In addition to McCarron, the Texans have Joe Webb on the roster, who has spent time at quarterback, wide receiver and on special teams in the NFL. Webb was actually cut by Houston at the start of last season but immediately re-signed with the organization. He caught two passes for the team last year for a total of 13 yards.

Maester’s Counsel: Building around Watson, and making sure they can protect him, has to be the biggest job of the organization this offseason. The best thing that could happen for Houston would be seeing multiple quarterbacks come off the board in the top 20 of this draft, pushing offensive linemen like Jonah Williams, Cody Ford and Andre Dillard in their direction. However, an upgrade behind Watson might not be a bad idea. Webb is more of a gadget player than a true backup, and McCarron’s history tells us that if Watson goes down, McCarron would be a big question mark. As the draft enters into Day 2 — and if the team has shored up the offensive line — players like Ryan Finley or Jarrett Stidham would be wise investments.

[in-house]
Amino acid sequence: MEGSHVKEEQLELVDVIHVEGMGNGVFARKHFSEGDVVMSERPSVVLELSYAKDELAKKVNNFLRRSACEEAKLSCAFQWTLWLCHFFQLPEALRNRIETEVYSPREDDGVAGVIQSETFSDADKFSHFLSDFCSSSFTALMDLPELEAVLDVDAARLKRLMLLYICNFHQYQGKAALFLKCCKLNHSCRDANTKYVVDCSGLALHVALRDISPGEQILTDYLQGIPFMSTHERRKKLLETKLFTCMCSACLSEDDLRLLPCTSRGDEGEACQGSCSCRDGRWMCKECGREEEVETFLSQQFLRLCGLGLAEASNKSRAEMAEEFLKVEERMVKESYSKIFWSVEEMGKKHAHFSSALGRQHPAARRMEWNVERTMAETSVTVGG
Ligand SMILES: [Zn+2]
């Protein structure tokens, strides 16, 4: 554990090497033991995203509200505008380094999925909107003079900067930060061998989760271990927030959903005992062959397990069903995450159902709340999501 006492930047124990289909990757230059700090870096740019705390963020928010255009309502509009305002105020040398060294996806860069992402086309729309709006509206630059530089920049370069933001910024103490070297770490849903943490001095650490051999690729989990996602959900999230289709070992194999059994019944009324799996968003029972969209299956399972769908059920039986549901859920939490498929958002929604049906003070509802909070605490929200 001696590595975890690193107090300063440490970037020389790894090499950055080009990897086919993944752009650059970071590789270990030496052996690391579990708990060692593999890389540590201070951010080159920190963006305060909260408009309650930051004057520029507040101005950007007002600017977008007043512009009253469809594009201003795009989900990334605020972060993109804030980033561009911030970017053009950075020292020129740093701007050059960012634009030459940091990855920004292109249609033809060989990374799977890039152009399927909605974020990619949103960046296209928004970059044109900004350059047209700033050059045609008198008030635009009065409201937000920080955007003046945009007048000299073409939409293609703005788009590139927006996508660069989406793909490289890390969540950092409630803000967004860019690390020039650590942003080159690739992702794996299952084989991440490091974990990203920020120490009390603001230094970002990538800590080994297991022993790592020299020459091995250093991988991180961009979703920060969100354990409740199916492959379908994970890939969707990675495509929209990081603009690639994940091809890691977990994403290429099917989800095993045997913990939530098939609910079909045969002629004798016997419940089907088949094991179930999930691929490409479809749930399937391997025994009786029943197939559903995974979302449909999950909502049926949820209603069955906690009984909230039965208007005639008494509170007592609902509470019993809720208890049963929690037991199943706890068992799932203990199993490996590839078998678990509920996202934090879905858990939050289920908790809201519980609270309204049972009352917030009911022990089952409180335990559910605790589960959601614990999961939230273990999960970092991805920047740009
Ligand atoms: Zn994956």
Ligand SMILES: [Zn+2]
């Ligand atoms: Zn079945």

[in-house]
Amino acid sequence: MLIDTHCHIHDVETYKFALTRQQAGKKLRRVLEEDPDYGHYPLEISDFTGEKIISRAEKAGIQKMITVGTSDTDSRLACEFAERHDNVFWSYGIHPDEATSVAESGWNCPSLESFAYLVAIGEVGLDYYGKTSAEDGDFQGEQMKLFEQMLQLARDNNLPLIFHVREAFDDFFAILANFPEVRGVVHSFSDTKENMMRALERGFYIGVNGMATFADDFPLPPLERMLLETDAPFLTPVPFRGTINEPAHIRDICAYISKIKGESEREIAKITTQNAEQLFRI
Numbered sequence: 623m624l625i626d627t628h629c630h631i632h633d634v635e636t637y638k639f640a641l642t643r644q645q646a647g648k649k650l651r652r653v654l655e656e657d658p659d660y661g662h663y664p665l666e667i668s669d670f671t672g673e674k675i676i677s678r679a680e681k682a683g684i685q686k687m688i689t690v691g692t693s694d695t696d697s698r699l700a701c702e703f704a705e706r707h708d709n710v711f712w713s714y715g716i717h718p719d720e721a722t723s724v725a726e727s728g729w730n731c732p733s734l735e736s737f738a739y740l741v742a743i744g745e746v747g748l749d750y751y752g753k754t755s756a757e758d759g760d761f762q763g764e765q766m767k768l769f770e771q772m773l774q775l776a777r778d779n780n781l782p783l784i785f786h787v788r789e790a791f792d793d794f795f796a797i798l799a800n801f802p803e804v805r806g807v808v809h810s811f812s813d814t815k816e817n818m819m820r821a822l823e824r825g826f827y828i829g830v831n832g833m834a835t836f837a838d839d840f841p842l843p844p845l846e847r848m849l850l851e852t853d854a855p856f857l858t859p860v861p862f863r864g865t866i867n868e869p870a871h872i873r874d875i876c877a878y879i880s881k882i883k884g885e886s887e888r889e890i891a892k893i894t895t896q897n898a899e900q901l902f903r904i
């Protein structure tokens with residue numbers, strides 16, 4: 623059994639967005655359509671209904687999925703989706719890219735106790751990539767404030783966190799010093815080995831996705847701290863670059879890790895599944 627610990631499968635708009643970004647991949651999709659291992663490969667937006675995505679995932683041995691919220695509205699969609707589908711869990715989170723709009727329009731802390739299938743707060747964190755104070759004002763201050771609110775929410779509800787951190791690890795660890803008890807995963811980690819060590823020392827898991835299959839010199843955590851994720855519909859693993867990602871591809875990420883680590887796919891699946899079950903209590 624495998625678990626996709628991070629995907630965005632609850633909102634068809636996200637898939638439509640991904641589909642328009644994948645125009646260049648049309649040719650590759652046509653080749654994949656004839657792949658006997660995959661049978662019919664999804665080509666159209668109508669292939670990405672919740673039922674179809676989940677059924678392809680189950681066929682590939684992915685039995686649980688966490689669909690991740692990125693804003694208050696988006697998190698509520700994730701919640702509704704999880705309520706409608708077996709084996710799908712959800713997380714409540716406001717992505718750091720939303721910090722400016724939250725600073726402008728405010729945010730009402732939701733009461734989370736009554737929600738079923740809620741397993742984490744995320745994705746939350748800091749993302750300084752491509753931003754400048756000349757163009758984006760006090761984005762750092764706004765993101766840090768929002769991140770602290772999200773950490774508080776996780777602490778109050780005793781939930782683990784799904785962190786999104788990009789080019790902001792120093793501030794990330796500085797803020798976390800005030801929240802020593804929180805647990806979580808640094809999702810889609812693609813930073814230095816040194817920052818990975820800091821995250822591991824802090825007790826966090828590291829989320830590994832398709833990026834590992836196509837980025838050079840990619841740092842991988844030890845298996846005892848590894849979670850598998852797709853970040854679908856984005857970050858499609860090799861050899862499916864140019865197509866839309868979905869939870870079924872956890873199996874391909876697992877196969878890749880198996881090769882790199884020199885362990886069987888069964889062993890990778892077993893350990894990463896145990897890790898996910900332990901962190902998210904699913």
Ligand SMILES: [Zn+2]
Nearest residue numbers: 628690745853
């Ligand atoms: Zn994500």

Indianapolis Colts

Rostered Quarterbacks: Andrew Luck, Jacoby Brissett, Phillip Walker

A few drafts ago, selecting a quarterback to perhaps act as a backstop behind Andrew Luck, in case he failed to make it back from his shoulder injury, seemed like a potentially wise course of action. The team went another direction, and after Luck’s 2018 campaign it seems they made the right call.